It seems like forever that it was the five of us. The five Fong-Torreses. Even after Barry died, too young, in 1972, I thought of us as five kids. Even after Sarah and Shirley married and had different names. We were the Fong-Torres family, five kids bound by one weird name.
Sarah was the first born; the first who’d have to explain that name—the product of an immigration scheme. She’s the one with whom I had the longest time, and whether by circumstance, by genes, or by personalities, we had an especially strong bond.
We were raised in Oakland’s Chinatown and spent a lot of time...
Photo: Judith Hill, Suzanne Joe Kai, Ben Fong-Torres at the 21st AAJA convention in Los Angeles
Update Oct. 8, 2013 Judith's touring schedule with Josh Groban and official news of her new deal with Sony Music!
From Judith's official enewsletter and website JudithHill.com.
Judith Hill has been tapped by multi-platinum-selling singer, songwriter and actor Josh Groban as support for his fall "In The Round" tour, which kicks off tonight at Taco Bell Arena in Boise, ID. In addition to opening the show, Hill will join Groban during his set for two songs: "The Prayer" and "Remember When It Rains." Judith, who contributed backing vocals to three tracks on Groban's latest album, All That Echoes, will also be playing a series of headline dates this fall. See below for itinerary.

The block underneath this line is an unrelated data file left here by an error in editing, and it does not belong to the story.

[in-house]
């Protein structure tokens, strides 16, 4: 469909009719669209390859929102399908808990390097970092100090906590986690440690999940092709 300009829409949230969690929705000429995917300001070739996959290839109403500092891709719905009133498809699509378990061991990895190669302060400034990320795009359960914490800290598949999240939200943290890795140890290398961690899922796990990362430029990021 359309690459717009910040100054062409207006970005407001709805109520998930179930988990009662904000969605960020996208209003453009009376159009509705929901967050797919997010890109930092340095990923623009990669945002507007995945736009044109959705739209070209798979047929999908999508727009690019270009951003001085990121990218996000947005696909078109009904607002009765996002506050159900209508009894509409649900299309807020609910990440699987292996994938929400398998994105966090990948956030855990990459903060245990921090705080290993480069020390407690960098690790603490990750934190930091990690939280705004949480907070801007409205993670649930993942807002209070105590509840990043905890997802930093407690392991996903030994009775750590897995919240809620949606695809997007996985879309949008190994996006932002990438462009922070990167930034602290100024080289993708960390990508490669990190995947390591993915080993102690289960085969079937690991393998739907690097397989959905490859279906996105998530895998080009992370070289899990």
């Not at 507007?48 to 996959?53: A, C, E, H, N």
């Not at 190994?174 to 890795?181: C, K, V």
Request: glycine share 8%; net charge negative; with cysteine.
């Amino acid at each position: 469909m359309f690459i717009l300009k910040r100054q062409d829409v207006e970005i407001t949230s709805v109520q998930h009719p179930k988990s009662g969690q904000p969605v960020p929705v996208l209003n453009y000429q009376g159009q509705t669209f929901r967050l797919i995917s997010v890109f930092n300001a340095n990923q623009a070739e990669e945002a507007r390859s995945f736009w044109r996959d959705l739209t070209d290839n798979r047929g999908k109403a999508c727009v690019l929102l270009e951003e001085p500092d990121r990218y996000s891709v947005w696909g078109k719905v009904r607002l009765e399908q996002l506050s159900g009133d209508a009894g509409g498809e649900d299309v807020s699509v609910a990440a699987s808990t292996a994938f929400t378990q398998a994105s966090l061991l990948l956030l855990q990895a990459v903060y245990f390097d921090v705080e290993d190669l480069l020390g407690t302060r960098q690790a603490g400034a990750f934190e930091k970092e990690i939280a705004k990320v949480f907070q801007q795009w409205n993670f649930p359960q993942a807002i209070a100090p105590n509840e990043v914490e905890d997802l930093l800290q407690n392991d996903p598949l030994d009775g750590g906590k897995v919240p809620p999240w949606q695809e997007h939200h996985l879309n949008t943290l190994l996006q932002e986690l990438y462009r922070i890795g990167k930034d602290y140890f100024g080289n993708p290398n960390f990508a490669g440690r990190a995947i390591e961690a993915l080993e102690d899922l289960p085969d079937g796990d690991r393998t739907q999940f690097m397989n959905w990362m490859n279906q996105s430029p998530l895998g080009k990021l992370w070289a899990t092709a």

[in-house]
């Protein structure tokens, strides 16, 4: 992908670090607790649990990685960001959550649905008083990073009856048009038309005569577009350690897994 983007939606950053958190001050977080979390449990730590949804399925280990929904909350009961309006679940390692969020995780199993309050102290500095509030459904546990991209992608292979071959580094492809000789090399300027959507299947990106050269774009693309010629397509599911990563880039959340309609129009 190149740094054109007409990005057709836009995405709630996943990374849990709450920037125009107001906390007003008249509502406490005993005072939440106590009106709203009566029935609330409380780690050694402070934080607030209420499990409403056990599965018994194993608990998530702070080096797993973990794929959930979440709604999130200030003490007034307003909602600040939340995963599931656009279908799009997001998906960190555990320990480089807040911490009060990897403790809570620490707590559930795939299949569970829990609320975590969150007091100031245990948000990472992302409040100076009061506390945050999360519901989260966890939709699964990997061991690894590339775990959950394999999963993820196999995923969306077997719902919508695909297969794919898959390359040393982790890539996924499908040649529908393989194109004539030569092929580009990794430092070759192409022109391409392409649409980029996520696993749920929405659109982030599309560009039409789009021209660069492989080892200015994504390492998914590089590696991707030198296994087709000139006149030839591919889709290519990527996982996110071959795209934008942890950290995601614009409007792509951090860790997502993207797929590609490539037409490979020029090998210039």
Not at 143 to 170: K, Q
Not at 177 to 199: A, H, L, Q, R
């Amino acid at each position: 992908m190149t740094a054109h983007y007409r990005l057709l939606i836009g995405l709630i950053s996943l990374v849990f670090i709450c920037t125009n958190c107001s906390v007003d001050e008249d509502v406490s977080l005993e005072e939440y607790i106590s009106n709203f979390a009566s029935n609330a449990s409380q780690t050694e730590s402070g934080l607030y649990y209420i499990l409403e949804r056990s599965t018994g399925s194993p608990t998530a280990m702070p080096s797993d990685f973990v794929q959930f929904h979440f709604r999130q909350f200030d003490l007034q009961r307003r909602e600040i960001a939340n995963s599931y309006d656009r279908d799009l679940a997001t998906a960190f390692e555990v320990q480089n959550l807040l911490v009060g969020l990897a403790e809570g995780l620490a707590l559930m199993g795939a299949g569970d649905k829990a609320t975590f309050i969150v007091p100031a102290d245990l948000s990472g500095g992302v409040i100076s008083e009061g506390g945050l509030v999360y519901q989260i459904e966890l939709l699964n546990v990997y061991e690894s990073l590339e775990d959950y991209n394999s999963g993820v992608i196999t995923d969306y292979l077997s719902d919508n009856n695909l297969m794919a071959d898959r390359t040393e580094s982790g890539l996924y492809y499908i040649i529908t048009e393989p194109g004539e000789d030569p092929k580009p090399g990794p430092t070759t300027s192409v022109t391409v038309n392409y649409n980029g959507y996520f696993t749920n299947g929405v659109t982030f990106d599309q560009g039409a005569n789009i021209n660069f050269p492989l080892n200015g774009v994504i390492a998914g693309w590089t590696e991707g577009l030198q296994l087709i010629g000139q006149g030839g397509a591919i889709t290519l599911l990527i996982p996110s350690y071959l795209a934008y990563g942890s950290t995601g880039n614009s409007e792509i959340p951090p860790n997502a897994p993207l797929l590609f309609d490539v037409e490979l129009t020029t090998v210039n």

Praised by Rolling Stone for her "stellar powerhouse vocals," Hill has signed with Sony Music. In addition to penning and performing her own...
Burton, My Brother
by Ben Fong-Torres
The hardest part about losing a sibling – or anyone close to you, come to think of it – is having to go out and see friends and hear those most innocent of questions: “What’s new with you?” or “How’re you doing?”
Depending on who’s asking, I’ve been saying, “All right, thanks, and you?” or “Not so great. My younger brother died.” And then you gird yourself for the questions and sympathy, and you let out a couple of details, and try to figure out a transition to another subject; any other subject.
That’s how it’s been since November 11th, the Sunday of Thanksgiving week. Burton, who was 63 and the youngest of us five children, died after several years of living with a weak heart, helped not at all by kidney dialysis. Since childhood, Burton was slow, and did not advance far, in school or in life. Later in life, he had no friends. And so, when he passed away, we, his family, chose not to have a service. Our mother, 91, is in nursing care and in no shape, physical or mental, to be attending a funeral for the third child she has lost.
So, no obituary, no service, no facebook page, as we had for my sister Shirley, who died in June of last year. She was a public person, constantly in the media. Burt was the flip side.
But he was vitally important in our family. As a close friend wrote, “Looking back, Burton was a blessing for your family. He was the one who kept your parents company.” At the Bamboo Hut, our restaurant in Hayward, after the older kids had finally escaped to college and beyond, Burt stayed and helped out until our parents closed it in the mid-‘70s. After our father died in 1994, Burton, who by then had ended an arranged marriage with a woman from Hong Kong, moved into my parents’ condo in Oakland’s Chinatown. It was an unorthodox arrangement, a 45 year old son moving in with his 73...